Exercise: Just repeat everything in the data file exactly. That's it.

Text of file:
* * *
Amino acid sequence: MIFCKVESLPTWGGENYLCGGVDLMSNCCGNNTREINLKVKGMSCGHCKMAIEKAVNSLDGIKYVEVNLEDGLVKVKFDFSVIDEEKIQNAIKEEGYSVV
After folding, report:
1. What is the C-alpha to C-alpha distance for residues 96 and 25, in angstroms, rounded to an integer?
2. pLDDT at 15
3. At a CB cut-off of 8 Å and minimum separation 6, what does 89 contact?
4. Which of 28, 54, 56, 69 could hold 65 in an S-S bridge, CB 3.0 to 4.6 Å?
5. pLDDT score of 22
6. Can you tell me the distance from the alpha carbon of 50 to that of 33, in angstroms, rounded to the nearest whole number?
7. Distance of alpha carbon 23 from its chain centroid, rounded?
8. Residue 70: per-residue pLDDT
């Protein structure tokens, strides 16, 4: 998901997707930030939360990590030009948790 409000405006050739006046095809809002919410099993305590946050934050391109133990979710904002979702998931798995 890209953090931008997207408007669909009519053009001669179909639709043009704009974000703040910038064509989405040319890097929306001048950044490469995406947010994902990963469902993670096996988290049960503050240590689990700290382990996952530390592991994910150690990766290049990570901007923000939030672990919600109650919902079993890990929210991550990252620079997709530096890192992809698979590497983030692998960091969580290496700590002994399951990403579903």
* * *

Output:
Amino acid sequence: MIFCKVESLPTWGGENYLCGGVDLMSNCCGNNTREINLKVKGMSCGHCKMAIEKAVNSLDGIKYVEVNLEDGLVKVKFDFSVIDEEKIQNAIKEEGYSVV
After folding, report:
1. What is the C-alpha to C-alpha distance for residues 96 and 25, in angstroms, rounded to an integer?
2. pLDDT at 15
3. At a CB cut-off of 8 Å and minimum separation 6, what does 89 contact?
4. Which of 28, 54, 56, 69 could hold 65 in an S-S bridge, CB 3.0 to 4.6 Å?
5. pLDDT score of 22
6. Can you tell me the distance from the alpha carbon of 50 to that of 33, in angstroms, rounded to the nearest whole number?
7. Distance of alpha carbon 23 from its chain centroid, rounded?
8. Residue 70: per-residue pLDDT
């Protein structure tokens, strides 16, 4: 998901997707930030939360990590030009948790 409000405006050739006046095809809002919410099993305590946050934050391109133990979710904002979702998931798995 890209953090931008997207408007669909009519053009001669179909639709043009704009974000703040910038064509989405040319890097929306001048950044490469995406947010994902990963469902993670096996988290049960503050240590689990700290382990996952530390592991994910150690990766290049990570901007923000939030672990919600109650919902079993890990929210991550990252620079997709530096890192992809698979590497983030692998960091969580290496700590002994399951990403579903």